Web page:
We use the same criteria, I made a thread about it, and was a bit surprised that very few countries do this. Our meteorological seasons are:
spring = begins when the 24h mean temp is above 0C/32F for seven consecutive days
summer = begins when the 24h mean temp is above 10C/50F for 7 days
autumn = begins after 7 days of a 24h mean temp less than 10C/50F
winter = again, 7 days below freezing
growing season = when the 24h mean temp has been above 5C/41F for 10 days.

The three-month-seasons are referred as 'calendar seasons'.

The seasons can't be reversed, so if the temps fall below freezing in spring for example, it's still spring and not temporarily winter again.

This method is no way very satisfactory, as it makes summers unrealistically long, and springs very short. On average that time is from mid May to late days of September. Raising the temperature threshold to 12.83C or 15C pushes the summer forward, which is not good as well. June is very much summer, and September autumn, at least mentally. Chilly Junes, like last year, can mean that the whole month is a 'spring' month, if using 15C. Examples:

2012
>10C summer: May 19 - Oct 5
>12.83C summer: May 21 - Sep 20
>15C summer: Jul 1 - Sep 6

2011
>10C summer: May 20 - Oct 8
>12.83C summer: May 31 - Sep 27
>15C summer: June 7 - Aug 28

Sounds logical as a theory, but as the seasons can't be reversed, a single 7 day warm spell in May will shift the season, even if it would be some 12C/3C for the next 7 days. Knowing how variable Mays can be in Scandinavia, I can't consider those very summerlike. Like in 2010: a high of 5.5C/42F on May 8, 27.7C/82F on May 15, 10.6C/51F on May 29.
As Patricius said earlier (last year), if it stays warm after the warm spell it should be considered summer, but if turns colder again, it's still spring.

In winter the classification works usually better, as sub-freezing conditions are pretty much guaranteed in early December, so the season often switches when it 'should', and represents the actual conditions outside, not the calendar. In the north November can't be classified as autumn, as there is already a permanent snowpack. The first half of March is classified as winter, and looking out the window, I can't call this spring.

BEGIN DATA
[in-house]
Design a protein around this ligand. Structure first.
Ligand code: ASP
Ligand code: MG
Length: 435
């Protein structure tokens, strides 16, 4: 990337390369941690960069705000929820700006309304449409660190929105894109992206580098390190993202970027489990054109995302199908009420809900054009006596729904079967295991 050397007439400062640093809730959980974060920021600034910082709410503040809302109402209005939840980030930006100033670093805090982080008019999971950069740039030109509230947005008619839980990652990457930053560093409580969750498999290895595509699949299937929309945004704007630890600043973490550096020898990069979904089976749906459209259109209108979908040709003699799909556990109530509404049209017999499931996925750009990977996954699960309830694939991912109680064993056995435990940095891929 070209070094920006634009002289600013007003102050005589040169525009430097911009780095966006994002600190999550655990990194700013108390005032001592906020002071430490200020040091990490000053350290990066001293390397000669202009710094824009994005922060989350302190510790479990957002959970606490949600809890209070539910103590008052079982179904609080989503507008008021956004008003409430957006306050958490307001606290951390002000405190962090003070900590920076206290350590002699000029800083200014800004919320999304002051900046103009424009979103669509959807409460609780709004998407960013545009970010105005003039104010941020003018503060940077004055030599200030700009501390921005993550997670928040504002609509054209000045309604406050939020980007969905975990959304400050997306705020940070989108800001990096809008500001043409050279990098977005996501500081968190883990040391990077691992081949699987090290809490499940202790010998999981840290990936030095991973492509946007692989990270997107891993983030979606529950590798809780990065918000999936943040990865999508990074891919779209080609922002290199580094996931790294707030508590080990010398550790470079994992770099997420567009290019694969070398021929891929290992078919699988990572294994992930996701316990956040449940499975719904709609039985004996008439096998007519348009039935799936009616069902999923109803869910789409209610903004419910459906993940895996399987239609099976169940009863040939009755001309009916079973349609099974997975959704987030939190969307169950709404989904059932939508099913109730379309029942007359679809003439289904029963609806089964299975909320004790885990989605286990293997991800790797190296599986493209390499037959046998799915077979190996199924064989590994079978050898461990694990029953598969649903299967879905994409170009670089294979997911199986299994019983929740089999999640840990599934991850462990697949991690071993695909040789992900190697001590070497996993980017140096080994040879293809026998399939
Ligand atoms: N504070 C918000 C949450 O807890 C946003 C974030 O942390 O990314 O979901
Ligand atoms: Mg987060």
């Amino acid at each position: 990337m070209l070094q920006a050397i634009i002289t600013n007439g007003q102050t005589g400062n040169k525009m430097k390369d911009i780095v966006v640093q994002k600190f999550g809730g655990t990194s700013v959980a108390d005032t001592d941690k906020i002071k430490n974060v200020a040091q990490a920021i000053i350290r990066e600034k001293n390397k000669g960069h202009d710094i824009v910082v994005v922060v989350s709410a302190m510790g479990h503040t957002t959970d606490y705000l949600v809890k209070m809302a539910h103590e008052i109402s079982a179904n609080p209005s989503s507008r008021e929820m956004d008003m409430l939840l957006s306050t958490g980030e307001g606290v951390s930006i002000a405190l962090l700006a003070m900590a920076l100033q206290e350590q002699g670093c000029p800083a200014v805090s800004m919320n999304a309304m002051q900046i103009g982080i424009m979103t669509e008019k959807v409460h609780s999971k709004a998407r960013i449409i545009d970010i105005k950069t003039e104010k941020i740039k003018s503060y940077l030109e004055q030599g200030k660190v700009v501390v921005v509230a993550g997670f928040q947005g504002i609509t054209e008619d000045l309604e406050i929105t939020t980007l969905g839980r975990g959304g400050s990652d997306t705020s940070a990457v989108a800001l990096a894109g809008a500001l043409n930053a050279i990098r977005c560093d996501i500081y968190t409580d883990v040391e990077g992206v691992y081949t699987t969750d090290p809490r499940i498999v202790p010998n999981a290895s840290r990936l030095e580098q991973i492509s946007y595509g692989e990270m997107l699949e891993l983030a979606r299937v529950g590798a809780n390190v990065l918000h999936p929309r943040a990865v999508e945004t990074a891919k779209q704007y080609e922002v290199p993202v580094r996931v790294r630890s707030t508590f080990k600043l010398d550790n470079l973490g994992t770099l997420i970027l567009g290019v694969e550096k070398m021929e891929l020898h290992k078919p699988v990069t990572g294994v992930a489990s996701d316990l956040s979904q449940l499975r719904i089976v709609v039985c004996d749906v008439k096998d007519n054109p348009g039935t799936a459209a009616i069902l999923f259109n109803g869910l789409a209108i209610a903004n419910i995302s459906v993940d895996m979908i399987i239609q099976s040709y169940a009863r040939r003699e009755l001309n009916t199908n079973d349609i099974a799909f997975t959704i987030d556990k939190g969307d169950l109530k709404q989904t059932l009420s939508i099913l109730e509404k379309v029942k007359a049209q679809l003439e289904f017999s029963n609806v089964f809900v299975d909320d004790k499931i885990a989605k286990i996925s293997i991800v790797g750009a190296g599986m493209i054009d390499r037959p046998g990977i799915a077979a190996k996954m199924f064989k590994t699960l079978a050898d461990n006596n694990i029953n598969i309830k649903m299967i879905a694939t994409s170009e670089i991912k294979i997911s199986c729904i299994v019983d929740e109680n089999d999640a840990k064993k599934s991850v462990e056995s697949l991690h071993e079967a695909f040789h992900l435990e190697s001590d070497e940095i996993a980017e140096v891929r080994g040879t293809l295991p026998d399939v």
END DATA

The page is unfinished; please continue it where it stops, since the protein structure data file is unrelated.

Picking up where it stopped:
Of course, this classification only works for us, and perhaps western Russia and parts of Canada, in France according to this classification there isn't a meteorological winter at all. Or working somehow, it can be autumn until early January, like in 2011.

Quote:
Originally Posted by ben86 View Post
One example I know of a language having a word describing the characteristics of a time of year in their part of the world is the Finnish word 'kaamos' meaning 'darkness' and which is loosely used to describe the dark part of late autumn and early winter when there is darkness but no snow as would be the case later on..
Literally, 'kaamos' means the polar night, but as we don't have one, we have hijacked the word meaning the late autumn-early winter darkness, exactly as you said.


To the actual topic, I consider early spring temperatures that are high enough to be very or extremely rare during the winter, especially in Jan-Feb. This would mean something like 8C/46F during the spring breakup.

Mid-spring temps are those which become common in the latter part of April, some 15C/60F. Trees usually don't have leaves yet, but the snow is melted, the grass turns back to green, and flowers start to bloom.

Late spring is say, May 15 to Jun 7, or something like that. Temps are mostly summerlike, around 20C/68F, but with some chillier and warmer days in-between. Frost-free and the nature is summerlike, but nights can still be chilly.
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Old 03-15-2013, 06:13 AM
 
Location: North West Northern Ireland.
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When it gets above 10c and stays there for a long time I consider it to be spring. Its still 5c or below everyday so no.
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Old 03-15-2013, 06:31 AM
 
Location: Laurentia
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Quote:
Originally Posted by Ariete View Post
As Patricius said earlier (last year), if it stays warm after the warm spell it should be considered summer, but if turns colder again, it's still spring.
Looking back on it a year later, it sounds very logical and intuitive. When it's swinging from warmth to cold, it's Spring, but when it's just warmth it's Summer. There's a saying that I made up yesterday: springy is swingy. Cheesy, I know, but why not?
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Old 03-15-2013, 06:57 AM
 
Location: Finland
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Quote:
Originally Posted by Patricius Maximus View Post
Looking back on it a year later, it sounds very logical and intuitive. When it's swinging from warmth to cold, it's Spring, but when it's just warmth it's Summer. There's a saying that I made up yesterday: springy is swingy. Cheesy, I know, but why not?
I agree, and I don't like rigid classifications as a whole. Say 80F days are temporary summerlike conditions in spring, and those conditions are typical for a spring. As is 35F and snowfall in some areas, temporary winterlike conditions in early spring. No biggie. Springy is swingy sounds good.